There are varying degrees of voluntourism, a term that has recently been targeted by critics of international development. There’s no foul in a humble act of volunteering a special skillset but it’s imperative that participants carefully vet prospective organizations. Students studying technical disciplines make especially great candidates for voluntouring. Moreover, it provides an opportunity to build experience, and explore areas of further career specialization or academic research.

Tips for responsible volutourism:

  • Sustainability: is the project/organization executed by locals?
  • Esure your presence isn’t reverse outsourcing.’ For example, performing manual labor may result in fewer jobs for local construction workers.
  • What tangible skills are can you contribute?
  • Are you prepared to deal with culture shock?
  • Do you have realistic expectations of a voluntour experience?

Voluntouring doesn’t have to be an international pursuit. Organizations such as Frontiers Foundation run programs right here in Canada.

Learn more about it here!

Article author: Jenn Larsen

Photo Credit: http://www.seeds.is/pictures-iceland/236


Say Goodbye to Cram Fests

School is back in session and it’s time to return to the all too familiar grind! While going to lectures may expose us to main learning concepts, we need to crap open our textbooks to soak in the nitty-gritty details. This, of ouches, can be frustrating and overwhelming, especially when carrying a full course load of detailed-oreintated notes. Here are 5 strategies to help you excel in absorbing and retaining information!

1) Use A Highlighter 

It’s easy to lose track of main ideas when faced with the prospect of long and seemingly never-ending readings. Highlight main ideas to distinguish and process the reading material.


2) Talk It Out

They say you haven’t fully learning a concept until you are able to explain it to someone else! Put the books away (temporarily), and try explaining the concept to a friend. Doing so will challenge you to break down the complexity of what you’ve learned and present in it layman’s terms.


3) Making Mind Maps

It’s no surprise that courses typically present over-arching ideas and layered concepts. Throughout the term, create a mind map that visually links and connects various ideas/concepts you are learning. By the end of the term, you’ll have an easier time noticing take-home messages and unifying themes!


4) Post a Poster

Difficult nitty-gritty details that you can’t just seem to grasp?! Create a poster that lists out these pesky nuggets of knowledge, and put it in a spot that you’ll encounter many times a day (i.e. desk). Daily glances can do wonders when struggling to nail down details!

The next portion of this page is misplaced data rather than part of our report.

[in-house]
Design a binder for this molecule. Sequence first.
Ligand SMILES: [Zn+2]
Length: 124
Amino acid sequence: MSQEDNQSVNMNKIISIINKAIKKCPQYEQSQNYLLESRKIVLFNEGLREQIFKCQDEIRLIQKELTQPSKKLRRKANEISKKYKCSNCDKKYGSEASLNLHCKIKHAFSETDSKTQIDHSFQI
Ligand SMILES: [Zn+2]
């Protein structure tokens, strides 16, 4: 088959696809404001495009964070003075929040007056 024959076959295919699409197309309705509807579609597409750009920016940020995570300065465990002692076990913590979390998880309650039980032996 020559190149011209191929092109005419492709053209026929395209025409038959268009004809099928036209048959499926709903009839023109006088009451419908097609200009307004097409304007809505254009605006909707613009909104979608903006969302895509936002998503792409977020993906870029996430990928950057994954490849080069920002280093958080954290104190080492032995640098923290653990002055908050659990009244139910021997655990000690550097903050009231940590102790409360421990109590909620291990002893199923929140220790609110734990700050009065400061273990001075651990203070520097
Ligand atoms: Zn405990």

5) Test Yourself

It’s not enough to read and re-read lecture slides and textbooks! Challenge yourself through the use of flashcards and mock exams. This will bring “red/yellow light” areas to your notice, helping you target these areas of concern.


by Cynthia Naslund


DIY : Home Workouts!

It is no secret that some degree of challenging physical activity is positive for most people. Not everyone can be physically active in the same way, but for those of us that are able to challenge our bodies in one way or another, it is highly recommended that we do so!

Some benefits of physical activity:
• It makes us physically stronger by tearing and then re-building muscles
• We use the some of the calories we have consumed to produce energy, rather than allowing all of them to become stores of fat (which are not completely bad!)
• It wakes us up! Blood flow is increased as our hearts pump to get blood to areas that are working extra hard.

Sometimes, the trek to the gym just isn’t that appealing – or we don’t want to wait for a treadmill, or we don’t want to pay for a gym membership, or we don’t like using weights or elliptical machines.

What to do instead?

Here are three easy at-home-workout resources that don’t always require equipment and will do a fine job of waking up those dormant parts of your body! Just don’t forget to have a healthy 4:1 carb:protein ratio afterwards, followed by a good protein-rich snack!

1. Nike+ Training Club (iOS app)
This application can be downloaded to your telephone or iPad, and offers you a wide range of workouts that vary in difficulty, muscle group targeted, and duration. Feeling like you need to burn off some negative energy? Try a 45-minute strength workout that will hit every part of the body! Want to tighten up your back muscles or abs, but don’t have a lot of time? Opt for a 15-minute “Focus” workout. Some workouts suggest weights, but those can be replaced with water bottles, textbooks, or any other items with weight!

2. 7-Minute Workout
The 7 MWC application is more-or-less exactly what it sounds like: An app that provides a set workout that will take 7 minutes to complete. You are able to set the workout to cycle through more than once, to extend your workout’s duration, but if you are in need of a pick-me-up, and want to get your blood pumping, go for the 7-minute workout! No weights required.

3. Way of Gray (www.wayofgray.com)